In the days before the Internet was what it is now, and before there was a smartphone app for every occasion, there was Solitaire on Windows 98. It was a common procrastination tool for office workers over several years, which means this simple game has a healthy dose of nostalgia attached to it. Nostalgia that Evan Roth has evoked with Solitaire.exe
Roth is an American artist, and founder of the Graffitti Research Lab, whose work forms part of the permanent collection at the Museum Of Modern Art in New York. His latest offering, Solitaire.exe, is a deck of playing cards that features the Windows 98 Solitaire designs, bringing a virtual version of the classic game into the real world.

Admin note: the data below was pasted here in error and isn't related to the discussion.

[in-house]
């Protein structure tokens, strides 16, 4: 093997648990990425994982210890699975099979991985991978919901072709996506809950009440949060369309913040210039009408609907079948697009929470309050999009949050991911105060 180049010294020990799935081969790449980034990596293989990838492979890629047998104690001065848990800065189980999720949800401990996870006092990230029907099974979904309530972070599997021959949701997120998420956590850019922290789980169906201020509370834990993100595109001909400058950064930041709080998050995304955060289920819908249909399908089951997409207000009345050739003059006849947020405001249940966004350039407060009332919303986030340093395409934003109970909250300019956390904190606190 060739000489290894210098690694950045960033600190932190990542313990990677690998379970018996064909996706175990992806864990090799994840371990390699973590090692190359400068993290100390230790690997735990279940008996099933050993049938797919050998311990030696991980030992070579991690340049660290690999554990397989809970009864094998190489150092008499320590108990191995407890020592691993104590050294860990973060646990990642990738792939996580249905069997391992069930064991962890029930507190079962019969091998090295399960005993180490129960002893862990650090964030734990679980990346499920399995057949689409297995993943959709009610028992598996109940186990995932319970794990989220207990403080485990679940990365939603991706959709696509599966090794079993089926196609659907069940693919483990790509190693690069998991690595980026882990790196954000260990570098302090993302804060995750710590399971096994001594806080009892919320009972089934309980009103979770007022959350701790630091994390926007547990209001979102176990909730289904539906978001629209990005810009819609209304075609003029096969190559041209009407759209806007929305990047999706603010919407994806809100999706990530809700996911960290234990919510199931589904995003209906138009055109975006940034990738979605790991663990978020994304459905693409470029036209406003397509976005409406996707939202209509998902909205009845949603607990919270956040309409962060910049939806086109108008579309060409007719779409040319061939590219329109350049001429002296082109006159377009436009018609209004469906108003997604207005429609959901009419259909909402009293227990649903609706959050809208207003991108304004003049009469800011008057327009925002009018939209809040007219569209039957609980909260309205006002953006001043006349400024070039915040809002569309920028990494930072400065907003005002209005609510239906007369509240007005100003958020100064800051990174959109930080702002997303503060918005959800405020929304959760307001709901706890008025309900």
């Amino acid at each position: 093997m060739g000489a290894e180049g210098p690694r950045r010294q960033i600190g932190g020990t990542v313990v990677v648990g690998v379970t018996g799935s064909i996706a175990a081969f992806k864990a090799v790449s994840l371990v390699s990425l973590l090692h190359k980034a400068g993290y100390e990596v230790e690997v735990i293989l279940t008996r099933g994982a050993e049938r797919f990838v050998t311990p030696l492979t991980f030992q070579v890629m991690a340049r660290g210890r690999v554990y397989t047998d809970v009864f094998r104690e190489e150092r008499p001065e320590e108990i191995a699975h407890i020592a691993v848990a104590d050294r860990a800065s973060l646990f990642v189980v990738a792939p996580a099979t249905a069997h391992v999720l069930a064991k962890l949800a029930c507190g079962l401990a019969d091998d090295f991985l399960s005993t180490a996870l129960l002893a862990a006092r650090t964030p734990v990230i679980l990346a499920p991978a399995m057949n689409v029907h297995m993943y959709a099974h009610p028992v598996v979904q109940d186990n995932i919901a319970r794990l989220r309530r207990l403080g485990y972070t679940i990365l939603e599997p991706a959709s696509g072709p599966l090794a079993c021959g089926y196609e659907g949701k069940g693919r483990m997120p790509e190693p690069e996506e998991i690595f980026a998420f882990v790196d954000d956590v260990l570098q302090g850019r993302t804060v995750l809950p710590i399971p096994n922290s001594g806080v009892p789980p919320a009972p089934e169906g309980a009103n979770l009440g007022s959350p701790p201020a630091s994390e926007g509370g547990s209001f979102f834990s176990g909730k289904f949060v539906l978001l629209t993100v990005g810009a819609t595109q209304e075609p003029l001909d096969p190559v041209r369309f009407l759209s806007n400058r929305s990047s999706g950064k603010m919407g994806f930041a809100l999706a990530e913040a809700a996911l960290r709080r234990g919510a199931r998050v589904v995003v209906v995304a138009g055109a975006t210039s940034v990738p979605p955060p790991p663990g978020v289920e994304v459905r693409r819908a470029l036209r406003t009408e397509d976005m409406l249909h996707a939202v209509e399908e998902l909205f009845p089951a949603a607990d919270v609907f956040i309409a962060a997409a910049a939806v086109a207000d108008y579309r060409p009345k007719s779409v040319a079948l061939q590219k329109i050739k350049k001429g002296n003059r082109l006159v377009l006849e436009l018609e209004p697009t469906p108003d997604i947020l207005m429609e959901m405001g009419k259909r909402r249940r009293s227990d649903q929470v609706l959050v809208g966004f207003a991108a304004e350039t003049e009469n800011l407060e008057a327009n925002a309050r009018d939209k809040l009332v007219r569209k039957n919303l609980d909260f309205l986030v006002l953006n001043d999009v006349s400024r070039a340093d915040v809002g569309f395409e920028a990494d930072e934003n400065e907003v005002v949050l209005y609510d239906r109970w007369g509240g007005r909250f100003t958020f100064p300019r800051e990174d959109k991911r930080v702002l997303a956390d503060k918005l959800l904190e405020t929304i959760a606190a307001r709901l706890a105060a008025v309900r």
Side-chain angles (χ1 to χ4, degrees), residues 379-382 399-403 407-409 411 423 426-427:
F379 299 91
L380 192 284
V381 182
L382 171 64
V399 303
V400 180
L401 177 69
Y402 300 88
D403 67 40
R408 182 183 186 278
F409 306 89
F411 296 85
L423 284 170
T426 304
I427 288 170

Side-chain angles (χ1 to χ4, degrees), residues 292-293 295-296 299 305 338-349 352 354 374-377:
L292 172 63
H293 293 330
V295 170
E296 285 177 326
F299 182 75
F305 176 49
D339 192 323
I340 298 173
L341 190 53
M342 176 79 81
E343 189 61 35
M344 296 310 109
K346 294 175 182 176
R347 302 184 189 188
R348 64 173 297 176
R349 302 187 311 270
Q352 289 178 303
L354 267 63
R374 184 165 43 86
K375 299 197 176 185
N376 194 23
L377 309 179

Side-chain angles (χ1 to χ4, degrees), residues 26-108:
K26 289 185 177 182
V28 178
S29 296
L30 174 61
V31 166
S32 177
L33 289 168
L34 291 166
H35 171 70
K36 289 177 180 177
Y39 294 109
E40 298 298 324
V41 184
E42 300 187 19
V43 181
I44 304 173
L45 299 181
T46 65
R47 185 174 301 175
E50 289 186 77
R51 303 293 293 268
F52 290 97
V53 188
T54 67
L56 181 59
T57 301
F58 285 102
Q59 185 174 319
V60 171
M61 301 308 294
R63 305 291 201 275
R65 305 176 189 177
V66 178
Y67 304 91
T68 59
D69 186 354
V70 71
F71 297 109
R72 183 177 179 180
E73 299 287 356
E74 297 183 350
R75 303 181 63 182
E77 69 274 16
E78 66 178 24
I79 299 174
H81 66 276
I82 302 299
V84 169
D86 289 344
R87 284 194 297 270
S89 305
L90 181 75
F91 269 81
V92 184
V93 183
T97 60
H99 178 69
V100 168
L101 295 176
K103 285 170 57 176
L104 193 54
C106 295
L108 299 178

"A simple piece of software got us through the dark ages of computing before the Internet allowed us to waste company time more effectively," Roth explains. "Now you can reconnect with this old friend on the other side of the computer screen."
The pixelation remains intact in the design of the cards, as can be seen in the image above. Roth sought the permission of Microsoft to use the Solitaire card deck designs, which were originally created by Susan Kare for Windows 3.0 in 1990.
The Solitaire.exe deck of playing cards is available from Cooper-Hewitt, priced at US$20. It's a limited edition deck, with just 500 available, each of which is signed and numbered by Roth himself.